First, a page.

Information from the National Traumatic Occupational Fatalities (NTOF) surveillance system for 1980 through 1989 was used to determine the demographic and employment characteristics of machinery related occupational fatality victims, and the types of machinery associated with these incidents. NTOF acquired death certificates for persons who died of external causes associated with an injury on the job. There were 8,505 civilian machinery related fatalities identified in this period; 98% were male. There were 7,645 deaths in white workers, 723 deaths in black workers, and 137 deaths in workers of other races, for average annual fatality rates of 0.82, 0.72, and 0.36 per 100,000 workers, respectively. Workers aged 65 or older were at 5.8 times the risk of workers 16 to 64. More than 70% of the machine related accidents were in the Midwest and South census regions. By industry, the highest fatality rate was for the agriculture/forestry/fishing industry (7.47), while for mining it was 7.39. The fatality rate for construction was 3.50, and for transportation/communications/public utilities the rate was 1.24. Although manufacturing had the second greatest number of fatalities (1,649), the fatality rate was only 0.85. By machinery type, tractors had the highest number of fatalities (2,635) and the highest rate (0.25). Forklifts, cranes, excavation machinery and loaders each accounted for over 5% of fatalities. In workers aged over 64, tractors, harvest machines, and excavating equipment were the leading causes of death.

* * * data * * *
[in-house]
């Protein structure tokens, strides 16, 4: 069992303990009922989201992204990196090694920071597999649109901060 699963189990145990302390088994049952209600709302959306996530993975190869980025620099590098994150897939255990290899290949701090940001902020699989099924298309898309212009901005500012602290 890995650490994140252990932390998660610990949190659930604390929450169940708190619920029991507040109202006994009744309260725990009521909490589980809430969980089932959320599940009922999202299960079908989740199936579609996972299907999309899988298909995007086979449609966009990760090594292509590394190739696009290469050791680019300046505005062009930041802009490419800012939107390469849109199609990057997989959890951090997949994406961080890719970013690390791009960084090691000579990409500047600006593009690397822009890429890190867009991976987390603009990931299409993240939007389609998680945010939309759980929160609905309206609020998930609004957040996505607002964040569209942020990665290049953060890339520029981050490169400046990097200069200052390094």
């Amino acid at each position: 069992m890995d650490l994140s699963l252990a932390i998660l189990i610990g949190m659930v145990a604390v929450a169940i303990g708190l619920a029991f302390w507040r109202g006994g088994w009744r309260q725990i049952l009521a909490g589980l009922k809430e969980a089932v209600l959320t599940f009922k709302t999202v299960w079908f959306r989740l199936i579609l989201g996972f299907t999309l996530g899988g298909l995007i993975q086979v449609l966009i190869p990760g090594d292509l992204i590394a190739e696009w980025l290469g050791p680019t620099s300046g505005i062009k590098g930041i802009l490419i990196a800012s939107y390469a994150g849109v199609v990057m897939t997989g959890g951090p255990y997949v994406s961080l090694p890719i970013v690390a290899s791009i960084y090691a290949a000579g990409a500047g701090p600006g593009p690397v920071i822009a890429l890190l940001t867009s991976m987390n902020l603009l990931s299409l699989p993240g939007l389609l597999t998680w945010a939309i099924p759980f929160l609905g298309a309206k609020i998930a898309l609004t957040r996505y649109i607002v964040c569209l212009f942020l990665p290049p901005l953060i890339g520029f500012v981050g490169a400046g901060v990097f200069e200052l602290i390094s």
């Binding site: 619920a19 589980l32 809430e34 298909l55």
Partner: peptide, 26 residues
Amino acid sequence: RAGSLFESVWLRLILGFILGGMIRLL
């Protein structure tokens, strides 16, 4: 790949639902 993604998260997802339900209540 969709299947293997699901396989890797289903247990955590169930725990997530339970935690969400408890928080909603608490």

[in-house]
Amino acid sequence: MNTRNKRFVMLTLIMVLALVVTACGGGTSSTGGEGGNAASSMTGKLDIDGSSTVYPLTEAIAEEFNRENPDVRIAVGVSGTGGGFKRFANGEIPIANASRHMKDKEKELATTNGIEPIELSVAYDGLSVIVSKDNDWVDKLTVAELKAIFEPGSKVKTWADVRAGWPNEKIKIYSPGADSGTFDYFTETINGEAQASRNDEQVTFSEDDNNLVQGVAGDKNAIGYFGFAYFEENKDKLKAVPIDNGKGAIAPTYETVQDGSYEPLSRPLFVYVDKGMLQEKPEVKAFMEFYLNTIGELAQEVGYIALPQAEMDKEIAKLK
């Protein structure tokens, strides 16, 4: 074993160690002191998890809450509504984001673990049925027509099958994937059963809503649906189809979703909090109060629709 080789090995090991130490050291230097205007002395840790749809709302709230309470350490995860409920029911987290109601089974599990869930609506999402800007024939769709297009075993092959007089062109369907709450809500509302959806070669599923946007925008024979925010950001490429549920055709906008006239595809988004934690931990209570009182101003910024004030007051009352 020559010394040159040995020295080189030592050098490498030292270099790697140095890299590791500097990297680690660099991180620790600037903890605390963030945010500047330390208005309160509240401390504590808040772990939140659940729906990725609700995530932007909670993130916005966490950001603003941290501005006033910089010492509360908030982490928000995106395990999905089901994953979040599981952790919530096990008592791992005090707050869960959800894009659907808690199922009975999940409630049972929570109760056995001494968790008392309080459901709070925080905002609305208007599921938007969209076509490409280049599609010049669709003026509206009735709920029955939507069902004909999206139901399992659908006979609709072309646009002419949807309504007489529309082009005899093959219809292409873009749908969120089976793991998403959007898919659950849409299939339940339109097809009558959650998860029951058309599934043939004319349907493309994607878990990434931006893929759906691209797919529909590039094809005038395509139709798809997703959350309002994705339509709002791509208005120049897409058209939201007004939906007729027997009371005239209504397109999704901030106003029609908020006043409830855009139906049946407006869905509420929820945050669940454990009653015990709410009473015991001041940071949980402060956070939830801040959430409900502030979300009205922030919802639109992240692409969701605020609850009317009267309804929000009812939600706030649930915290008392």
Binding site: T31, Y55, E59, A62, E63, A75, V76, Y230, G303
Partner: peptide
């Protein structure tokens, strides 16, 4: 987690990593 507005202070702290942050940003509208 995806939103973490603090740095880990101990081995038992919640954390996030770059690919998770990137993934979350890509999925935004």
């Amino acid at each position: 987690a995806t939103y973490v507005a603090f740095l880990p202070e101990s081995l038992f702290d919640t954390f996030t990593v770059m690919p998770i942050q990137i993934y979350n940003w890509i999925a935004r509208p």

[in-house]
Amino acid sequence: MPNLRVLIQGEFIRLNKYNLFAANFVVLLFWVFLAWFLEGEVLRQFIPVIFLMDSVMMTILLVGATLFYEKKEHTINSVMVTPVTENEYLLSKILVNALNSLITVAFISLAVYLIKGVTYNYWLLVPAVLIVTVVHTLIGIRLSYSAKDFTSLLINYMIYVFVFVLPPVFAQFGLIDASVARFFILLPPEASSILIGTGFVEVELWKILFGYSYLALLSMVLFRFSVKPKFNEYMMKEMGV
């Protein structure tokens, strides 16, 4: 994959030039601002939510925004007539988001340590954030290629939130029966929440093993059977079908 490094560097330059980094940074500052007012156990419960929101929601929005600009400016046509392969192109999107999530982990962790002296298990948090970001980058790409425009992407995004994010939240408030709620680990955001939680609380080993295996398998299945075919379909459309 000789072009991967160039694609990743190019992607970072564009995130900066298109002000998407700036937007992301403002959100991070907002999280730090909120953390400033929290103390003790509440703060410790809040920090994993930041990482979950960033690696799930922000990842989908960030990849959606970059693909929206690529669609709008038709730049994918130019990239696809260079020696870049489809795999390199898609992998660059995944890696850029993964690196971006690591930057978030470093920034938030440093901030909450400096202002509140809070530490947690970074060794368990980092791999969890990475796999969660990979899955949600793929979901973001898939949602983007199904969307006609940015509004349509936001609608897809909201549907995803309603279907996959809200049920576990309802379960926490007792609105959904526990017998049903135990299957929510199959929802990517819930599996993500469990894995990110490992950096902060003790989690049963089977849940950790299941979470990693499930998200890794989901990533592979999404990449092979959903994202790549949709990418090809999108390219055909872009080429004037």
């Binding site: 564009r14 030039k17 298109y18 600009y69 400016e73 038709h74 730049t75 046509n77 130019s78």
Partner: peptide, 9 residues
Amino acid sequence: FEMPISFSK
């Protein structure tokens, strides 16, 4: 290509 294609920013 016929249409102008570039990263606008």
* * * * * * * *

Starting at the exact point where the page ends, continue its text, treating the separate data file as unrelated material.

Stephanie G. Pratt, MA, Surveillance and Field Investigations Branch, Division of Safety Research, National Institute for Occupational Safety and Health, 1095 Willowdale Road, Morgantown, WV 26505-2888